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The relentlessly cute mischief-maker strikes again. As usual, the main object of his tricks is old Mr. Wilson down the street, but John Hughes's screenplay also throws in a menacing robber who proves no match for our hero. The last portion is yet another reprise of Hughes's endlessly recyclable "Home Alone," with the young protagonist fighting a comic-scary villain in scenes of cartoonish violence that ultimately get too nasty for comfort. The comedy's only inspiration comes from Walter Matthau, a rubber -faced marvel as Dennis's long-suffering neighbor, and Joan Plowright as Wilson's sweet-tempered wife. By contrast, Christopher Lloyd is both unpleasant and unsightly as the bad guy. Nick Castle directed. (Rated PG)

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* A TIME TO LOVE AND A TIME TO DIE - Revival of Douglas Sirk's great melodrama about the World War II era, centering on a German soldier who has lost all faith in his country and its cause but has no choice about returning to battle after meeting and marrying an innocent young woman. John Gavin and Lilo Pulver play the hero and heroine, backed up by Hollywood character types like Don DeFore and Keenan Wynn; their work is flimsy most of the time, but Sirk uses them less as realistic performers than as props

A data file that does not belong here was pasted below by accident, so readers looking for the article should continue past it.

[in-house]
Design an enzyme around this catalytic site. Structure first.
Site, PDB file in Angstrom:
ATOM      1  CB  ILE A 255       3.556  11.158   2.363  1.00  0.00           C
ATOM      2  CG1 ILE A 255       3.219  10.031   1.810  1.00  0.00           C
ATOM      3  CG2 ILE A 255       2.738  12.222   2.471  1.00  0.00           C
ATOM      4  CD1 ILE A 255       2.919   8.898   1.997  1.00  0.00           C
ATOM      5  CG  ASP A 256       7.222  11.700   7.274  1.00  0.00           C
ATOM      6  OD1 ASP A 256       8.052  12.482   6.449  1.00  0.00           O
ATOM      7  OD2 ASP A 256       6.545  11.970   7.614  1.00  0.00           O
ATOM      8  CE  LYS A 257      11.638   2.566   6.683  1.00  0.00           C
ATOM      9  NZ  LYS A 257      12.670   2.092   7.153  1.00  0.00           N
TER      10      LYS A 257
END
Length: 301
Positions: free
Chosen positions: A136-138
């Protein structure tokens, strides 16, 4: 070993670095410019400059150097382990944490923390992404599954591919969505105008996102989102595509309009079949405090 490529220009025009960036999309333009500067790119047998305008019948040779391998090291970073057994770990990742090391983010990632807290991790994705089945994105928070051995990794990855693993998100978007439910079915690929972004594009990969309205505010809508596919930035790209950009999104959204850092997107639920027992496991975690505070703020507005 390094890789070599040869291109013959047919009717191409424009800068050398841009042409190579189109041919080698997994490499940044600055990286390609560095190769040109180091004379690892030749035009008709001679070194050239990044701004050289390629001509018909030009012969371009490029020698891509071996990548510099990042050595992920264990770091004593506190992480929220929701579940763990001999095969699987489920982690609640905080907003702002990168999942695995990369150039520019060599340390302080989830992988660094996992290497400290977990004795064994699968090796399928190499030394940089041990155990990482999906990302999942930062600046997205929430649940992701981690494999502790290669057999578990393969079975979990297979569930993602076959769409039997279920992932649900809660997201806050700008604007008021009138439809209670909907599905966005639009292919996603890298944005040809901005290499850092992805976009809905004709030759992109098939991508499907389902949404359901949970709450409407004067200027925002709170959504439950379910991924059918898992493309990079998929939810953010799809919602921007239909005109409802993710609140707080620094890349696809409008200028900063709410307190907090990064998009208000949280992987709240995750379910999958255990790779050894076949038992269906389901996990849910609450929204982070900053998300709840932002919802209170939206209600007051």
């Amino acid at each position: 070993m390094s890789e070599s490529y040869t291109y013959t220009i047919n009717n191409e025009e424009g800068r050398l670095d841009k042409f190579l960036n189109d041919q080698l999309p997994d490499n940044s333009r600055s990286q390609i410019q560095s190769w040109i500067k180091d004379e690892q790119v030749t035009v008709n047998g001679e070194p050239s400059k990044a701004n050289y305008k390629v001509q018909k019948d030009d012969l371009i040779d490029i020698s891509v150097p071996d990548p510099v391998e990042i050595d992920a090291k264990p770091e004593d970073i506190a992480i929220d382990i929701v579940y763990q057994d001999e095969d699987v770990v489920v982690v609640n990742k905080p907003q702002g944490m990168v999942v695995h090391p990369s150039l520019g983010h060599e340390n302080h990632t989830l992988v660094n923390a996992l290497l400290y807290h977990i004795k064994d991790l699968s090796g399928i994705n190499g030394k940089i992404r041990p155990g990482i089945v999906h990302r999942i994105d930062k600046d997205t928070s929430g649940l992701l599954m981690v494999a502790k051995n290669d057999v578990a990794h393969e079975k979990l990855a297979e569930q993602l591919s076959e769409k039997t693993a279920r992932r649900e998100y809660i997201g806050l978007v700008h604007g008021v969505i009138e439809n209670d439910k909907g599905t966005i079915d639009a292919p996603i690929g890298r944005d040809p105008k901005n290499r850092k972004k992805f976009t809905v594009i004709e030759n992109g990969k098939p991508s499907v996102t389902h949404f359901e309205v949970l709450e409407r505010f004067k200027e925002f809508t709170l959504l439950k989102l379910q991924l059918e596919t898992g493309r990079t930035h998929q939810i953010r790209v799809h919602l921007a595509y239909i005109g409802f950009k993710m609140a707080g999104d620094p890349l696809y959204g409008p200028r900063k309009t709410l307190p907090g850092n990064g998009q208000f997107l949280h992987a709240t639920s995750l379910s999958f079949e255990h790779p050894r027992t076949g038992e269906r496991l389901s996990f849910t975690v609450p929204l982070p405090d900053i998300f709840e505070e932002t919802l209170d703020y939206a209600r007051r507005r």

to illustrate his meditations on the banality of evil and the elusiveness of joy in human experience. Also in the cast is Erich Maria Remarque, author of the original novel, as a professor who explains why adversity has strengthened rather than weakened his religious faith. First released in 1958, this lavish production doesn't match the brilliance of Sirk's greatest masterpieces, such as "Imitation of Life" and "All That Heaven Allows," but it remains very powerful with its dark-toned atmosphere and bold visual style. (Not rated)

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